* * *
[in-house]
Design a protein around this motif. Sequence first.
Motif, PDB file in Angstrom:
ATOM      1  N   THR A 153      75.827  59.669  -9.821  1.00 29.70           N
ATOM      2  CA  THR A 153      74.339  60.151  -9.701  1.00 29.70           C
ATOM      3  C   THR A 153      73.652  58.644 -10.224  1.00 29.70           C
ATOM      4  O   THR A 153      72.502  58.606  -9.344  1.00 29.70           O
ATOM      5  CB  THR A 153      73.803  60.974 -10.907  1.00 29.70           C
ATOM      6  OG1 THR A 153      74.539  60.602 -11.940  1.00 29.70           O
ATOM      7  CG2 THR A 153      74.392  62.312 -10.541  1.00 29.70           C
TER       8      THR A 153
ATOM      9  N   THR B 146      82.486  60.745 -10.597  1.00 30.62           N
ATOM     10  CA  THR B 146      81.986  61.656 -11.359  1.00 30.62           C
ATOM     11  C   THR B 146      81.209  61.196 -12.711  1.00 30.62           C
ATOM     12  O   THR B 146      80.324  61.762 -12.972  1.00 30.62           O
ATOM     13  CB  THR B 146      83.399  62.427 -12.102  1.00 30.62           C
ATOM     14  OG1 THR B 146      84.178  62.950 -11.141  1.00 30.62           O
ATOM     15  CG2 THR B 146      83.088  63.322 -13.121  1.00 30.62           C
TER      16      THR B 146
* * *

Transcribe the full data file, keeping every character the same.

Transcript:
[in-house]
Design a protein around this motif. Sequence first.
Motif, PDB file in Angstrom:
ATOM      1  N   THR A 153      75.827  59.669  -9.821  1.00 29.70           N
ATOM      2  CA  THR A 153      74.339  60.151  -9.701  1.00 29.70           C
ATOM      3  C   THR A 153      73.652  58.644 -10.224  1.00 29.70           C
ATOM      4  O   THR A 153      72.502  58.606  -9.344  1.00 29.70           O
ATOM      5  CB  THR A 153      73.803  60.974 -10.907  1.00 29.70           C
ATOM      6  OG1 THR A 153      74.539  60.602 -11.940  1.00 29.70           O
ATOM      7  CG2 THR A 153      74.392  62.312 -10.541  1.00 29.70           C
TER       8      THR A 153
ATOM      9  N   THR B 146      82.486  60.745 -10.597  1.00 30.62           N
ATOM     10  CA  THR B 146      81.986  61.656 -11.359  1.00 30.62           C
ATOM     11  C   THR B 146      81.209  61.196 -12.711  1.00 30.62           C
ATOM     12  O   THR B 146      80.324  61.762 -12.972  1.00 30.62           O
ATOM     13  CB  THR B 146      83.399  62.427 -12.102  1.00 30.62           C
ATOM     14  OG1 THR B 146      84.178  62.950 -11.141  1.00 30.62           O
ATOM     15  CG2 THR B 146      83.088  63.322 -13.121  1.00 30.62           C
TER      16      THR B 146